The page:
In the energy crisis the question often arises whether Switzerland is selling or buying electricity. This can be answered quite simply, live.
Europe is completely stuck in an energy crisis and each country, analogous to the coronavirus pandemic, looks only after itself, despite our interconnected world. In Switzerland, too, discussions have arisen as to why the country should make its resources available to others.
Since electricity can only be stored to a limited extent, many European countries have networked in order to quickly balance peak loads as well as surpluses among themselves.
Switzerland’s 6,700-kilometer-long power grid is also connected to the so-called ‘power exchange’. The standard frequency in Europe’s electrical grid is 50 Hz. To ensure that the frequency always remains stable, there must always be a balance between the production and consumption of electrical power.
Is Switzerland importing electricity at this very moment on Wednesday afternoon? Yes, is the answer, as muula.ch has found out, and this is actually easy to check.
The transmission system operator Swissgrid provides the data very clearly in four languages on its website “Current network figures“.
Currently, 2,000 megawatts of electricity comes into Switzerland from Germany. Austria also contributes around 600 megawatts.
Switzerland, on the other hand, currently supplies energy to France, selling 1,300 megawatts. And 1,500 megawatts also flows to Italy. In total, Switzerland exports around 200 megawatts.
For comparison: A Swiss household consumes 5 megawatts per year. The import and export amounts are therefore gigantic.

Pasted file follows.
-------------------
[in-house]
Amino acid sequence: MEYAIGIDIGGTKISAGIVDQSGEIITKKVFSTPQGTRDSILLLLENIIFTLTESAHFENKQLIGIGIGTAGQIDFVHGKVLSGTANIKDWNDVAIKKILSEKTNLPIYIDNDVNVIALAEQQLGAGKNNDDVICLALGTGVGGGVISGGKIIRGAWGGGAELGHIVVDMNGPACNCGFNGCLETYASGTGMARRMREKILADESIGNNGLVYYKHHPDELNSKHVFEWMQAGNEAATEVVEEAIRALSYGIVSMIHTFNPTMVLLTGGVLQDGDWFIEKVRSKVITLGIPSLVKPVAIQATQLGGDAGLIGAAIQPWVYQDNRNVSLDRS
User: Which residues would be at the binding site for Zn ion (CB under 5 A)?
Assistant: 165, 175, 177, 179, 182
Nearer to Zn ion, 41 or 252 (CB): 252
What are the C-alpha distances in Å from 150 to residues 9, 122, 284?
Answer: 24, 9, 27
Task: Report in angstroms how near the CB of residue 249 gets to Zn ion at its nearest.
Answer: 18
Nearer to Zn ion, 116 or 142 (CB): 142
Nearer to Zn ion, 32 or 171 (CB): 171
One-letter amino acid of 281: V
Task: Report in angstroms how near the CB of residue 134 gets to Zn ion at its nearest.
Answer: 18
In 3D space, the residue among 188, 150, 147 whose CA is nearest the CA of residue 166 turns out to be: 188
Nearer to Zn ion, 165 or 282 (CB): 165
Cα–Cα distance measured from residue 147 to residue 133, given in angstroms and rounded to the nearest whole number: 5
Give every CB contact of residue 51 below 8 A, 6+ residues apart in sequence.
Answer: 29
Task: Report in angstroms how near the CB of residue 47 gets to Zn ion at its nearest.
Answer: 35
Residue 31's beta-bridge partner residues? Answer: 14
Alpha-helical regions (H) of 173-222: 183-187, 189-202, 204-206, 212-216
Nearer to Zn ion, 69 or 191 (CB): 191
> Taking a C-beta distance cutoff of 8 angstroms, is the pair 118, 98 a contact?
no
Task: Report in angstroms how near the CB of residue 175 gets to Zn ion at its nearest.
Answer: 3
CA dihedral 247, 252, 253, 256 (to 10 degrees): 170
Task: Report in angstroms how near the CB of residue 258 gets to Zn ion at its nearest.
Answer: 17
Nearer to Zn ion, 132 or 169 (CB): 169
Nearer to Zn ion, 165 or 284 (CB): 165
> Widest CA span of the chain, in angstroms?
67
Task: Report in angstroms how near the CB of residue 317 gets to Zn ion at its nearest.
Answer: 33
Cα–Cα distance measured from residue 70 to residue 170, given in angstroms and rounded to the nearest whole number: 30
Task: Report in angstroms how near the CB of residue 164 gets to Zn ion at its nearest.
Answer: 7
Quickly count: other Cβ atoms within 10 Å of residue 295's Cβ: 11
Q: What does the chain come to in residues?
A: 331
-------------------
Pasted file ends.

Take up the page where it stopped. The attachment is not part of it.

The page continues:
The Swissgrid graphic shows this energy exchange between Swiss electricity producers and neighboring countries Germany, Austria, Italy and France.
Frequencies back and forth
The arrow points in the direction of Switzerland, if Switzerland currently imports more active power from a neighboring country than it exports. On the other hand, the arrow points in the direction of a neighboring country if Switzerland currently exports more active power than it imports.
A few seconds later, the energy balance actually jumps to import and Switzerland receives more power from abroad than it delivers to other countries. The interconnectedness of the world could hardly be better illustrated.
If you are interested in the topic in more detail, you can even follow the situation of the power supply in the whole of Europe on the same website and experience any voltage drops live.
This is because the network frequencies are synchronized in time from several locations in Europe. And this is made public in a system with a high degree of accuracy.
Measuring devices equipped with GPS receivers in the respective switching stations calculate the frequency and provide it in real time together with other data accurate down to the microsecond.
This is the result of many years of cooperation between Swissgrid and grid operators from Austria (APG), Denmark (Energinet.dk), Portugal (REN), Slovenia (ELES), Croatia (HEP), Italy (TERNA) and Greece (IPTO), it said.
The data can be used to monitor and control grid stability across Europe. It is also possible to find a solution quickly in the event of power outages. There is probably no better way to map the power situation live across Europe.
Dec 07, 2022/kut./ena.